In South Africa, there is a long and often dark history of migrants coming from all parts of the country, and beyond, to work in the mines.  To get a feel for it, take a moment to listen to Hugh Masekela’s poignant Stimela.  Although official refugees in South Africa totalled 66,596 in 2022, which is miniscule compared to over 1,400,000 in Uganda, South Africa of course remains attractive to work-seekers from African countries where conditions are way worse than in SA.  But because South Africa has so many social and developmental challenges of its own, tensions are easily inflamed.  The escalation of xenophobia in South Africa is a dangerous portent of how things can quickly get out of hand (are already out of hand!). With unemployment high, country morale low, and many general services in decline, flash points can become tipping points. The targeting of citizens of neighbouring countries such as Zimbabwe, Mozambique, Malawi, Zambia etc is especially sad – these countries readily provided refuge and support to those fleeing a vicious apartheid system and now innocent work-seekers from those countries are met with vicious responses.  

Migration is spiking dramatically everywhere; politics, policies and policing cannot keep up. Are border controls getting harder or easier?   Is the One-World One-Voice vision in Remy Ongala’s catchy song No more Borders just a remote and fading hope?  The African Union Passport is set to exempt bearers from having to obtain any visas for all 55 states in Africa but its planned 2020 rollout has since been delayed. Aimed at removing restrictions on Africans ability to travel, work and live within their own continent, it is well-intentioned but unlikely to stem the flow of displaced peoples and job-seekers.  

Kordofani’s observation about racism pertains in SA.  Racism exists around the world but it’s a famous household brand here in SA.  Racism remains a dominating divide in SA, structurally and emotionally built into the social fabric of this country, and with such an alarming gap between rich and poor running along racial lines, it easily feeds bitterness, outrage and revolt.

Despite the numerous differences between SA and the UK there is nevertheless something deeply resonant in the film The Old Oak, the 14th collaboration between director Ken Loach and his scriptwriter colleague Paul Laverty, who came to film as a lawyer with a background in human rights. Now 87 years of age, and as uncompromising as ever, Loach is always motivated by social concerns that receive mostly superficial attention from other filmmakers. This film depicts the disillusioned, life-weary townsfolk in a downtrodden ex-mining village who struggle to hold onto their dignity as  systems deteriorate around them.  Tensions intensify when Syrian refugees take up residence in the village. Loach and Laverty are able to convey authentic realities with empathy, the rough but relatable grievances of the local villagers, and the challenges and uncertainties of Syrian families trying to start new lives after being ripped out of war-zones.  Is there a way to build bridges between people of very different cultures, and different life experiences?   Is there a place here for kindness and tolerance?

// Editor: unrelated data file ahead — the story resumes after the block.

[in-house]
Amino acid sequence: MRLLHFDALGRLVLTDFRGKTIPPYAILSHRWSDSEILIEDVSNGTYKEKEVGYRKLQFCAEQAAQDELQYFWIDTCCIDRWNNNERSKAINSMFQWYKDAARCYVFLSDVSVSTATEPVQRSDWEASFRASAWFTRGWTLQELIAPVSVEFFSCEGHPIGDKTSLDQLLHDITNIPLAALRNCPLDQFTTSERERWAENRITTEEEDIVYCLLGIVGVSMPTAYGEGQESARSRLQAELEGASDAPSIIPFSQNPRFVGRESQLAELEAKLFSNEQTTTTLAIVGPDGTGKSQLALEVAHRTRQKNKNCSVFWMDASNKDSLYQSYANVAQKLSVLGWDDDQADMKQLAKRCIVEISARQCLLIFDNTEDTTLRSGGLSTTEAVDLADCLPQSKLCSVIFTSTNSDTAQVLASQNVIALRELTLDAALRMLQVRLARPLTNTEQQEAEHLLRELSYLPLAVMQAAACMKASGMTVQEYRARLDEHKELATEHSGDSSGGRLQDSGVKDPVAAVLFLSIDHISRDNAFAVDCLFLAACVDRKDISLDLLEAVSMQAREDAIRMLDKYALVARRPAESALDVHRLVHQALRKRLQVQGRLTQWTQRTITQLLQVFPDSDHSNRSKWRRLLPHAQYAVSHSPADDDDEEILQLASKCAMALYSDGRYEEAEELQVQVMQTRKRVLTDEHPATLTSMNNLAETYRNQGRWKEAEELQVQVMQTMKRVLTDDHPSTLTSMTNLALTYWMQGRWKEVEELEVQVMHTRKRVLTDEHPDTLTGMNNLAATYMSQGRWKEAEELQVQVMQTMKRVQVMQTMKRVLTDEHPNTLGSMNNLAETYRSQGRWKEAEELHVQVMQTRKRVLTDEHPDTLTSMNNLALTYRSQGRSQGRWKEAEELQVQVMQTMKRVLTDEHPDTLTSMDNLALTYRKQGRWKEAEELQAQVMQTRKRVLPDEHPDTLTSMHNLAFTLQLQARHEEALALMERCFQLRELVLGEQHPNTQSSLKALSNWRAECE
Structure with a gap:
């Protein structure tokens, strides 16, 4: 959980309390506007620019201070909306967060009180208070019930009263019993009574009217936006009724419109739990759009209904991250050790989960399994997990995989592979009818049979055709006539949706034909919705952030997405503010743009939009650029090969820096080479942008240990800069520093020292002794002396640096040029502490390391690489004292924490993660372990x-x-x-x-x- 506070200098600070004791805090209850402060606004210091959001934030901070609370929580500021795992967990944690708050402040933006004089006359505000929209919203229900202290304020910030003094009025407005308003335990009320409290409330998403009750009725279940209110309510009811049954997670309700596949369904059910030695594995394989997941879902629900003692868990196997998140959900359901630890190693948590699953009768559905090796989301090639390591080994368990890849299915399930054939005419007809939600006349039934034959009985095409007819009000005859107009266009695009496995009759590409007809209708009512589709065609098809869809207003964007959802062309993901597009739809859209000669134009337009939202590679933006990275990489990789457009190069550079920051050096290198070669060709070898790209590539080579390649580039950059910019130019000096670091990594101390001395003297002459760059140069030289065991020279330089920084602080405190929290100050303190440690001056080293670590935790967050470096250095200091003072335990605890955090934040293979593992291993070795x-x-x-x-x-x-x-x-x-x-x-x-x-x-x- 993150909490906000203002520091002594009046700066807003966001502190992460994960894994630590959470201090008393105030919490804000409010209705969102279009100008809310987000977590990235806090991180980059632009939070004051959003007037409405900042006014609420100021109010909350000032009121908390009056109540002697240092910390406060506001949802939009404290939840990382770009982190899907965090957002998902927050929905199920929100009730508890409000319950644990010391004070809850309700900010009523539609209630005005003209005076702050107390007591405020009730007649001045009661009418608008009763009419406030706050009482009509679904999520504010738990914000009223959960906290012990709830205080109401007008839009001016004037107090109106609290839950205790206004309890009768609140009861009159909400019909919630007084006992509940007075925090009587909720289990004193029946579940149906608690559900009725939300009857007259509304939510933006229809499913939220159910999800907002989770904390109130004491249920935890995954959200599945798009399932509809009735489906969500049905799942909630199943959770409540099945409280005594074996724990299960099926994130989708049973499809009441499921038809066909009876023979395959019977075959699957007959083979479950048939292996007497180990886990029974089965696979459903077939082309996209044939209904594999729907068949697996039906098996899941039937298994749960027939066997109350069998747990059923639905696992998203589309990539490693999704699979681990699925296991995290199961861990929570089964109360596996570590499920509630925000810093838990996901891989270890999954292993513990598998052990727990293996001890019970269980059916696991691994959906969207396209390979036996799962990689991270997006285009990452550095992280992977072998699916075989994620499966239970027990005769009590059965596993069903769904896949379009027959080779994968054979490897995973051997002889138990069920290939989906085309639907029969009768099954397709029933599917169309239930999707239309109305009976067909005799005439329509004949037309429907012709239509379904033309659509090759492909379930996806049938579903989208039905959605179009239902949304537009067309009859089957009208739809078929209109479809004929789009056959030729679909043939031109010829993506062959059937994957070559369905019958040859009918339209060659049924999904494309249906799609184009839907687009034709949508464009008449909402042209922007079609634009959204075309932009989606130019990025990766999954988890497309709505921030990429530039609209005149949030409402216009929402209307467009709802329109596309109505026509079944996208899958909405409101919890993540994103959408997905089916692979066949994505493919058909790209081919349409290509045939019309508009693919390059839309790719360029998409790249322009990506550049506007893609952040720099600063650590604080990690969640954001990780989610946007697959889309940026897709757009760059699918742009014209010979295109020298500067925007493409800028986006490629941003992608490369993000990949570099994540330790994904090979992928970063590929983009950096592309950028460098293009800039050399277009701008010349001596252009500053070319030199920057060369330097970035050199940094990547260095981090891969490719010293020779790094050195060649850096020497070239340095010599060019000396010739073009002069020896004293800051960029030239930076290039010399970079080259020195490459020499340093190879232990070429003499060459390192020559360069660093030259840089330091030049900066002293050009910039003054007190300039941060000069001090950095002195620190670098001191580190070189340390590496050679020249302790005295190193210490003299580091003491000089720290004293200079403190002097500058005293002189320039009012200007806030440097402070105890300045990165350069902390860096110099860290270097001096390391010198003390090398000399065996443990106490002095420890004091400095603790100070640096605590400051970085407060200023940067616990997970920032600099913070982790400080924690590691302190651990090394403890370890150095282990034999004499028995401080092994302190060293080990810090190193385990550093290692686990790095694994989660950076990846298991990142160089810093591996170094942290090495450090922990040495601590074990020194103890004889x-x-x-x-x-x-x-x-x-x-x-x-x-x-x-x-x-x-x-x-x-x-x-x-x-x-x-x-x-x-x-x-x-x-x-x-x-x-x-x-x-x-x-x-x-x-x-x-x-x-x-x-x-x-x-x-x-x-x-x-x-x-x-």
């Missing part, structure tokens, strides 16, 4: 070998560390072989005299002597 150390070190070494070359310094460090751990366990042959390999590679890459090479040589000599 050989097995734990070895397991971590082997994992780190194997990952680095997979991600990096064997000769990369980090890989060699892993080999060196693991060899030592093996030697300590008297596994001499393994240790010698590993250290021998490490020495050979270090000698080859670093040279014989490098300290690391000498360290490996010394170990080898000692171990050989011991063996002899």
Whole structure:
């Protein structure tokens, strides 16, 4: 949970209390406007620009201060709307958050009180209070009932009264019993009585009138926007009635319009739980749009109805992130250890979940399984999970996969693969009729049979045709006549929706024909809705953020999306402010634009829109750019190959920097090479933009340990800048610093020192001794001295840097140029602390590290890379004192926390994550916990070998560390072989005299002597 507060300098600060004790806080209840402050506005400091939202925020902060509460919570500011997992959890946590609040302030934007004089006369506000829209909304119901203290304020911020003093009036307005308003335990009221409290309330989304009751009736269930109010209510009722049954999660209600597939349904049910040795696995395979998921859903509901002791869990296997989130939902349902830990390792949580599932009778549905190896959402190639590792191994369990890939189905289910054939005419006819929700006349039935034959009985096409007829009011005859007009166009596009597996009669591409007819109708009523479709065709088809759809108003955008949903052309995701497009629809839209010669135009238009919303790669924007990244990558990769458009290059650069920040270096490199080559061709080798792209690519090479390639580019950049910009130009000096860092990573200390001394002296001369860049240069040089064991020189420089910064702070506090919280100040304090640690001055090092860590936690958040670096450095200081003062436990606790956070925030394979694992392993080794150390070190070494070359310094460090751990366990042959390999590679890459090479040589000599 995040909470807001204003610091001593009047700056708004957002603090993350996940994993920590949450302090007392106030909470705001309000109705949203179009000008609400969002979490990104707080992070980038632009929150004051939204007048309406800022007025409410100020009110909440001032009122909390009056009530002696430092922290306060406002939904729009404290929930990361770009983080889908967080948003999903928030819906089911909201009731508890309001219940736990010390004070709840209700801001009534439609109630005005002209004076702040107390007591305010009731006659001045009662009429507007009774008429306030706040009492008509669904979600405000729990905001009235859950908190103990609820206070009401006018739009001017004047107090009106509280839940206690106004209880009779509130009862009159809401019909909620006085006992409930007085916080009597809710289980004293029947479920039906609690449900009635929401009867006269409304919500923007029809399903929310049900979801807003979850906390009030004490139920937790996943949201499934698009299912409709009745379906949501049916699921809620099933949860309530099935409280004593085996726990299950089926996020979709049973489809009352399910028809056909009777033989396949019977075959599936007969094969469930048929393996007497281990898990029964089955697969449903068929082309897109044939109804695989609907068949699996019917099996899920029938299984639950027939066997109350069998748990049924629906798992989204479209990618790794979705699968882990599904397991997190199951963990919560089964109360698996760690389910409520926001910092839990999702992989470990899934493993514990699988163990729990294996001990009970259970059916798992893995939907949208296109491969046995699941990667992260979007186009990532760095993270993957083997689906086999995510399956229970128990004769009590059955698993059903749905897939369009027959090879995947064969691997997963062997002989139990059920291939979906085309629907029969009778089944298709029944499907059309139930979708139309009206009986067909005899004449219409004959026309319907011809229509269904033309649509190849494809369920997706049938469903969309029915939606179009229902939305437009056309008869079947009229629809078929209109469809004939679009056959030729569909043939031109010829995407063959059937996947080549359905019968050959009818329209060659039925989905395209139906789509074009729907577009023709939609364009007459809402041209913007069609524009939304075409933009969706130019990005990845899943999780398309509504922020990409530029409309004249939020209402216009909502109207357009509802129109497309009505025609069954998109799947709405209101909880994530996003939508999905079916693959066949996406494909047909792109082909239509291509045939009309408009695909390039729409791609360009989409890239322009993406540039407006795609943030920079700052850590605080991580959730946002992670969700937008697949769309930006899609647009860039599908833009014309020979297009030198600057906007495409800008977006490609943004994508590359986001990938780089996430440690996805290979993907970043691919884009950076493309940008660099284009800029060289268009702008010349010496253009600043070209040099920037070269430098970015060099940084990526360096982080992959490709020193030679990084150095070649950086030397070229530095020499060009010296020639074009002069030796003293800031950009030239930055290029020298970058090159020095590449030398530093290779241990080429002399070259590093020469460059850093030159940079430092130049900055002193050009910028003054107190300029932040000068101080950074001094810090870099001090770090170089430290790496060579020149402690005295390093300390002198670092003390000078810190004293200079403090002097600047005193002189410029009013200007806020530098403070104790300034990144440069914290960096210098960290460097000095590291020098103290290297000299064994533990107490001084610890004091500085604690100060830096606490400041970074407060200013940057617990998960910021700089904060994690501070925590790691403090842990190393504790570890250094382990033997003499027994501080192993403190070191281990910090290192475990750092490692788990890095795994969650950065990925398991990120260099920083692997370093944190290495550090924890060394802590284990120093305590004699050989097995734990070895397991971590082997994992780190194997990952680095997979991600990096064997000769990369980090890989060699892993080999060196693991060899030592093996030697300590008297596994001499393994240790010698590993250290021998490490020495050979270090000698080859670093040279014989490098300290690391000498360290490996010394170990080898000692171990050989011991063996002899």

This is a discussion not to be buried in numbers, we are fellow human beings after all.  As Kordofani says of his own motivations in making Goodbye Julia :  ‘My duty as an artist made it imperative for me to document history from a societal angle rather than political narratives, in which the picture alone is not complete.’ 

How do we make it personal?  How do we reconcile the instinct to protect our own on one hand with our innate and empathetic need to reach out and help on the other.  Will films like these sensitise us to these realities, or is it all just a blur of background tv noise as we eat our dinners?  And is the kindness and tolerance hinted at in The Old Oak possible, and can it be turned into compassionate action? 

Join us for what promises to be a robust and candid discussion, Tuesday, 10 October 2023 from 12:00 – 13:00. Register here

Author: PETER RORVIK:  Co-Director of the European Film Festival  SA